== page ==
Laverit Burks’ money problems started with a speeding ticket back in 2009. When he failed to pay for the ticket, his license was suspended. Then he got more tickets, and the fees only piled up — he now owes $1,535.10 to a collection agency.
Burks’ story is a familiar one in Miami-Dade County, where 29 percent of drivers currently have suspended licenses. That’s approximately 550,000 drivers, according to the county clerk of courts — enough to fill up the Miami Dolphins’ stadium seven times.
The failure to pay fees accounted for 77 percent of all license suspensions in Florida between 2012 and 2015, according to an analysis of DHSMV data. This included traffic tickets, court costs, and child support payments. The remaining 23 percent is made up of about 100 other sanctions that can trigger a license suspension, from too many traffic violations to failure to appear in court. Miami-Dade has the highest total number of license suspensions per capita of any county in the state, the Herald analysis shows.
If the fees aren’t paid after 90 days, the clerk of courts will send the case to one of four private collection agencies under contract to the county: Alliance One, Penn Credit, Linebarger Goggan Blair and Sampson LLP and Law Enforcement Solutions. The agencies add a 40 percent collection fee to the amount owed, as authorized by the state Legislature. In 2014, the agencies collected nearly $19 million for the county clerk and an additional $7.5 million in fees, according to an analysis provided to the Herald by the clerk’s office.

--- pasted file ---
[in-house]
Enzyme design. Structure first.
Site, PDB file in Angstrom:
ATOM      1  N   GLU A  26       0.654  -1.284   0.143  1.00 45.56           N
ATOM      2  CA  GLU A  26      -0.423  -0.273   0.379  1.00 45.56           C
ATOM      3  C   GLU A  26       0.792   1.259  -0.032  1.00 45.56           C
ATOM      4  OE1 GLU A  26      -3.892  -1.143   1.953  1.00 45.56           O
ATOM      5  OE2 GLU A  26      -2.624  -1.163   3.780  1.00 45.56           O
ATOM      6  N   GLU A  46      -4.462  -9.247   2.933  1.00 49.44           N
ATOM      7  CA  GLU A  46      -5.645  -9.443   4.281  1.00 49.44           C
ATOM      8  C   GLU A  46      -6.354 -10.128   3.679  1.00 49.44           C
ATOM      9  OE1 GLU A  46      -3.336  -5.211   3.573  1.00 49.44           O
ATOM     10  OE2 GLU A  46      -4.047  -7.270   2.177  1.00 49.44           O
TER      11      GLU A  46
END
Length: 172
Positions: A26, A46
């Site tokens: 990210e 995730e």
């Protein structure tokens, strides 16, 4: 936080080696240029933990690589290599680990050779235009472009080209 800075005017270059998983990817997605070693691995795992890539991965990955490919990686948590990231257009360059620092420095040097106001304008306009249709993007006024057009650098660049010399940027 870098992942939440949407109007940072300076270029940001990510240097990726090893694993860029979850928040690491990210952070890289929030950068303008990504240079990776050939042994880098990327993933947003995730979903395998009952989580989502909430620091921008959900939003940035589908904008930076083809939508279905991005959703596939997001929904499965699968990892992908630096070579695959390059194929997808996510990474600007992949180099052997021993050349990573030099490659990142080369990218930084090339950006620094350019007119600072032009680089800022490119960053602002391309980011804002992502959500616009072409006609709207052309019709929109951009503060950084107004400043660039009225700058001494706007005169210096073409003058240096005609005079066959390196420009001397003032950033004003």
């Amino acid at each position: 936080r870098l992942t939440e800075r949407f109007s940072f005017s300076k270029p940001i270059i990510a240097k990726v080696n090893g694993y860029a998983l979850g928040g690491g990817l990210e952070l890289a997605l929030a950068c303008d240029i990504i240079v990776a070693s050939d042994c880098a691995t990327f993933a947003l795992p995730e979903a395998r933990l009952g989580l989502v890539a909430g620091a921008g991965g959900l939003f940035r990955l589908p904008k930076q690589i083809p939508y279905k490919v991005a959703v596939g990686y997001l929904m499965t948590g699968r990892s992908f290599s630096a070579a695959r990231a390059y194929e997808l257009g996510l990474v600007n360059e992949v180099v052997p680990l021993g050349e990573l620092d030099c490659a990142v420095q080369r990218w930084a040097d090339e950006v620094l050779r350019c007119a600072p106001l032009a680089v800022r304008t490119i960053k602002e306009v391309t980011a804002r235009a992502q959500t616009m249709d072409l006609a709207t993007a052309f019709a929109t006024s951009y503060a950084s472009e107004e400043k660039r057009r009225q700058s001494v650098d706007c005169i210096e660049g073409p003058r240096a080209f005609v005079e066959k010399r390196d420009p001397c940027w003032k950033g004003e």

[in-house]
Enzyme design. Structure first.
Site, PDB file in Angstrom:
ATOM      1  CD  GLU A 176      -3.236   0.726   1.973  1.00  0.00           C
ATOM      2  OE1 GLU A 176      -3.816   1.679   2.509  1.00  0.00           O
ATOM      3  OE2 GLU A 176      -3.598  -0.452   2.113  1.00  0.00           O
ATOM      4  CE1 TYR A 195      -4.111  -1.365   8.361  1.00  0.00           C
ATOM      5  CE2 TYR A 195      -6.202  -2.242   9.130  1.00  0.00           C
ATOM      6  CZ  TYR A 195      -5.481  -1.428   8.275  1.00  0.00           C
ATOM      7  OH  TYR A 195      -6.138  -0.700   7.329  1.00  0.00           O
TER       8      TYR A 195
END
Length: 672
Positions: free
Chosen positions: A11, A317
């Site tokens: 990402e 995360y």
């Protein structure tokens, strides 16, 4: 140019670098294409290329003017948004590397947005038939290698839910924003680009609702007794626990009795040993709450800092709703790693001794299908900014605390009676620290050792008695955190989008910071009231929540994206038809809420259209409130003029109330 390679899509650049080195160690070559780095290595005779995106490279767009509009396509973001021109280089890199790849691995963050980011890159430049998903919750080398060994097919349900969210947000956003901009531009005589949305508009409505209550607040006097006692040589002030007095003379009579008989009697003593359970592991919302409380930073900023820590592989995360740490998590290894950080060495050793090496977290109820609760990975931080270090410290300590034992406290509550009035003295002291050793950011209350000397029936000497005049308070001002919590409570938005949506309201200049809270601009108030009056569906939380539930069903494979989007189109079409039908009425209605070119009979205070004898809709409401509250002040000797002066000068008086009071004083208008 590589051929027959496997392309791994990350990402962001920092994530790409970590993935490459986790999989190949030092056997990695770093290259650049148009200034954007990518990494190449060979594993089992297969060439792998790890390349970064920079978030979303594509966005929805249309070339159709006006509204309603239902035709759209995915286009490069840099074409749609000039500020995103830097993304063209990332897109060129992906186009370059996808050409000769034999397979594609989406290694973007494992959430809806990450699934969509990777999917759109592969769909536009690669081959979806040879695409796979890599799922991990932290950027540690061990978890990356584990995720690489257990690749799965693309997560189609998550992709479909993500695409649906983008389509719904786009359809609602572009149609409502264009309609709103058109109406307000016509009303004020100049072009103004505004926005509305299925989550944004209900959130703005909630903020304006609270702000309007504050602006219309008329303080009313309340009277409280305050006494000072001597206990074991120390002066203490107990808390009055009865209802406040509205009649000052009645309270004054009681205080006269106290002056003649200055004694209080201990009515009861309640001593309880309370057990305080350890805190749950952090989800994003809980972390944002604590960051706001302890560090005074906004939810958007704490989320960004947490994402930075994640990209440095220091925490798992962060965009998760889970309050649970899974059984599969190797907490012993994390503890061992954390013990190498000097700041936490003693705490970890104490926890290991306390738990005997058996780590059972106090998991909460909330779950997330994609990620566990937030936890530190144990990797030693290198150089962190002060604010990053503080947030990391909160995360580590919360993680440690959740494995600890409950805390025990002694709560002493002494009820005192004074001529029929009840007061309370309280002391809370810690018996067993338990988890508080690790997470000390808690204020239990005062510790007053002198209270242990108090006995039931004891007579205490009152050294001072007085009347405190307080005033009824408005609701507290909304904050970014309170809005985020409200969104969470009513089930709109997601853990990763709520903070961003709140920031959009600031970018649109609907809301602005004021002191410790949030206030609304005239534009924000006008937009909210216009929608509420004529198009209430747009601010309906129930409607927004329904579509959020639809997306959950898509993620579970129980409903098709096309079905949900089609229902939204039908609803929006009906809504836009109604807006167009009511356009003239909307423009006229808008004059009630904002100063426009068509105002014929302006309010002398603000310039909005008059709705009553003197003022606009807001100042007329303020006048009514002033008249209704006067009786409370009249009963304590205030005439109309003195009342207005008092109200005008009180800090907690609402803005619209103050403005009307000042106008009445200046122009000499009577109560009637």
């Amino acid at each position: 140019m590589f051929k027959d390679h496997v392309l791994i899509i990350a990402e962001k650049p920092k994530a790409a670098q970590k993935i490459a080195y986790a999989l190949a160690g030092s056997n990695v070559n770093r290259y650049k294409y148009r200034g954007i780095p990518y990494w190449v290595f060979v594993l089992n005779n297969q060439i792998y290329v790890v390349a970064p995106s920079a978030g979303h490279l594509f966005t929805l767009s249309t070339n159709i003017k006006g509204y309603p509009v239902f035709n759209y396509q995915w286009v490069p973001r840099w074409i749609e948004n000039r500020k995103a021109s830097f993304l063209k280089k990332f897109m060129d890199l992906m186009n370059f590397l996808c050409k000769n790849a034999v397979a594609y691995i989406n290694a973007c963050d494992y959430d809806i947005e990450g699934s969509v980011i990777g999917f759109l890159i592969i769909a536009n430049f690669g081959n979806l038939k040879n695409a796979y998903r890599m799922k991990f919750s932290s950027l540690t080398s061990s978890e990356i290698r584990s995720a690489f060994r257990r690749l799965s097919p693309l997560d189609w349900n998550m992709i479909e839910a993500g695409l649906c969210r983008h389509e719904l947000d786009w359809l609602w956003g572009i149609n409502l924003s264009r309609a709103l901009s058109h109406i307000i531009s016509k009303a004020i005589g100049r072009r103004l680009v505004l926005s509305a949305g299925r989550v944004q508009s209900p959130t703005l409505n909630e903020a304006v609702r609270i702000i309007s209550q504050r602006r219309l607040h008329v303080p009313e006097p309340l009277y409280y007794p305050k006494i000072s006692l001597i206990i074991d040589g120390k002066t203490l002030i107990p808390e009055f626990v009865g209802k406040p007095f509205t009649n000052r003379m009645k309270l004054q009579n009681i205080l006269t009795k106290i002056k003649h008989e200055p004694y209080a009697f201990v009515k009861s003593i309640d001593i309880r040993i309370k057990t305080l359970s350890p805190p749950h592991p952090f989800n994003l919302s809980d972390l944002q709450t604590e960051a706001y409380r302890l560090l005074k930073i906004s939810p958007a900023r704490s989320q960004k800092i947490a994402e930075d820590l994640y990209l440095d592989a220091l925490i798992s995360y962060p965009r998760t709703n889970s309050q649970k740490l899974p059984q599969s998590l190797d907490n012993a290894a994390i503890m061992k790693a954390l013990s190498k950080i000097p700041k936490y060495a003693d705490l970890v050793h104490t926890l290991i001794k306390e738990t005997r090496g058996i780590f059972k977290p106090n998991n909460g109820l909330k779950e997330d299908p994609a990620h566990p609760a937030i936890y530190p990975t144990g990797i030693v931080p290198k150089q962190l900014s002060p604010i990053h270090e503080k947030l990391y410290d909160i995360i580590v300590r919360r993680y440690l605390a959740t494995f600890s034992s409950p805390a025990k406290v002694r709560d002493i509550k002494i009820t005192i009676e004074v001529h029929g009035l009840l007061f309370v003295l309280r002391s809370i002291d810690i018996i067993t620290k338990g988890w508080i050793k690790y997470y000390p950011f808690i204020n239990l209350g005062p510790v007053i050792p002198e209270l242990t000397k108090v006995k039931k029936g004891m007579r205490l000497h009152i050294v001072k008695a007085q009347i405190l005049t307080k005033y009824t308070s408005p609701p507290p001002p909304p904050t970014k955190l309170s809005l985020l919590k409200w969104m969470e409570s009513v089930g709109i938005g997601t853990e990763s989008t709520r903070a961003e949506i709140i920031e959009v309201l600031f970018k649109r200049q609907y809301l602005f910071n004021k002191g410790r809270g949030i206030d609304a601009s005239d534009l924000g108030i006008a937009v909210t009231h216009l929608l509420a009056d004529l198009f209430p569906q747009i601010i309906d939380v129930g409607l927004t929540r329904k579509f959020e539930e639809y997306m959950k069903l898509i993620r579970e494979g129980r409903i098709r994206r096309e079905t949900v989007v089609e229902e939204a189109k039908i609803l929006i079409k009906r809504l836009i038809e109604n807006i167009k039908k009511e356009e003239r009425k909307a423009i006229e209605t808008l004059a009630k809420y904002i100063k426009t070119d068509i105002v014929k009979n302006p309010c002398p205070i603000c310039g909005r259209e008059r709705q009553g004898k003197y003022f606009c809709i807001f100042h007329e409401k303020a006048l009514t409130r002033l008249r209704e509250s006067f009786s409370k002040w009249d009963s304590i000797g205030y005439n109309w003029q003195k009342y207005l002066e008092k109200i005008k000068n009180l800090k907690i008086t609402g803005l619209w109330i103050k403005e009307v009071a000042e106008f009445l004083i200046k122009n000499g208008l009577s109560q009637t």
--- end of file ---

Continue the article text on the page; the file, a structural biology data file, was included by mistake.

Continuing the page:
The money is a boon to the cash-strapped office, said Harvey Ruvin, Miami-Dade’s clerk of courts. “I’m incredibly proud of what we’ve been able to recover,” he said.
Ruvin is up against a shrinking budget allocated by the Florida Legislature, and traffic tickets as well as court costs help support budgets. The money is placed into statewide trusts distributed among a number of different courts.
But Michael Herald, a legislative advocate at the Western Center on Law and Poverty in California and co-author of a recent report that found 4 million people in the western state had suspended licenses due to traffic fines and fees, said supporting court budgets this way puts an unfair burden on many.
“We should not shift those costs to people who really cannot afford to pay them, Herald said. “It’s just a recipe for keeping people in permanent poverty.”